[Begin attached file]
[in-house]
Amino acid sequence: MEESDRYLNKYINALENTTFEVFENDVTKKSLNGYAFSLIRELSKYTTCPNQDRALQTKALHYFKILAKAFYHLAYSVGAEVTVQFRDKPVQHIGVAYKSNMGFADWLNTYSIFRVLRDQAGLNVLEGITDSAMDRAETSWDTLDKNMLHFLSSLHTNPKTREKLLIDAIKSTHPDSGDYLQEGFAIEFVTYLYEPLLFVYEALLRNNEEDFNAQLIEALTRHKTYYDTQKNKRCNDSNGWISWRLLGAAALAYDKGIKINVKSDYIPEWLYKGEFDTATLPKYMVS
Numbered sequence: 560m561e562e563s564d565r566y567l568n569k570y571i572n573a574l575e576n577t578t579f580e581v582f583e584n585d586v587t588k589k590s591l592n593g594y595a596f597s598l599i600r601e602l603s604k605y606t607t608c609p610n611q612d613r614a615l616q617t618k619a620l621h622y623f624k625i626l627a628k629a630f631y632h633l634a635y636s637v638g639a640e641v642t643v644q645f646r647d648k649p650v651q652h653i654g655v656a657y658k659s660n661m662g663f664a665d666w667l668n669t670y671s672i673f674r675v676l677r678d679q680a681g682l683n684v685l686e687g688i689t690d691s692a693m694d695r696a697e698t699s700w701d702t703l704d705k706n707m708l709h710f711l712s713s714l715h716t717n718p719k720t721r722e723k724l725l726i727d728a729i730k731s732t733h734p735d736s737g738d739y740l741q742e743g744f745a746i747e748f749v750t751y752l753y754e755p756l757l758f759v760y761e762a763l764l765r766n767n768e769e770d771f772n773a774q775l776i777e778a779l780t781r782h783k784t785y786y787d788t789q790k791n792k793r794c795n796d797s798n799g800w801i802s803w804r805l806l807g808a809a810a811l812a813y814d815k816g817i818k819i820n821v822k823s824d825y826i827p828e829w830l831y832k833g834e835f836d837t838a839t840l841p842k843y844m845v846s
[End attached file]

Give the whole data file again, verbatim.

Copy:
[in-house]
Amino acid sequence: MEESDRYLNKYINALENTTFEVFENDVTKKSLNGYAFSLIRELSKYTTCPNQDRALQTKALHYFKILAKAFYHLAYSVGAEVTVQFRDKPVQHIGVAYKSNMGFADWLNTYSIFRVLRDQAGLNVLEGITDSAMDRAETSWDTLDKNMLHFLSSLHTNPKTREKLLIDAIKSTHPDSGDYLQEGFAIEFVTYLYEPLLFVYEALLRNNEEDFNAQLIEALTRHKTYYDTQKNKRCNDSNGWISWRLLGAAALAYDKGIKINVKSDYIPEWLYKGEFDTATLPKYMVS
Numbered sequence: 560m561e562e563s564d565r566y567l568n569k570y571i572n573a574l575e576n577t578t579f580e581v582f583e584n585d586v587t588k589k590s591l592n593g594y595a596f597s598l599i600r601e602l603s604k605y606t607t608c609p610n611q612d613r614a615l616q617t618k619a620l621h622y623f624k625i626l627a628k629a630f631y632h633l634a635y636s637v638g639a640e641v642t643v644q645f646r647d648k649p650v651q652h653i654g655v656a657y658k659s660n661m662g663f664a665d666w667l668n669t670y671s672i673f674r675v676l677r678d679q680a681g682l683n684v685l686e687g688i689t690d691s692a693m694d695r696a697e698t699s700w701d702t703l704d705k706n707m708l709h710f711l712s713s714l715h716t717n718p719k720t721r722e723k724l725l726i727d728a729i730k731s732t733h734p735d736s737g738d739y740l741q742e743g744f745a746i747e748f749v750t751y752l753y754e755p756l757l758f759v760y761e762a763l764l765r766n767n768e769e770d771f772n773a774q775l776i777e778a779l780t781r782h783k784t785y786y787d788t789q790k791n792k793r794c795n796d797s798n799g800w801i802s803w804r805l806l807g808a809a810a811l812a813y814d815k816g817i818k819i820n821v822k823s824d825y826i827p828e829w830l831y832k833g834e835f836d837t838a839t840l841p842k843y844m845v846s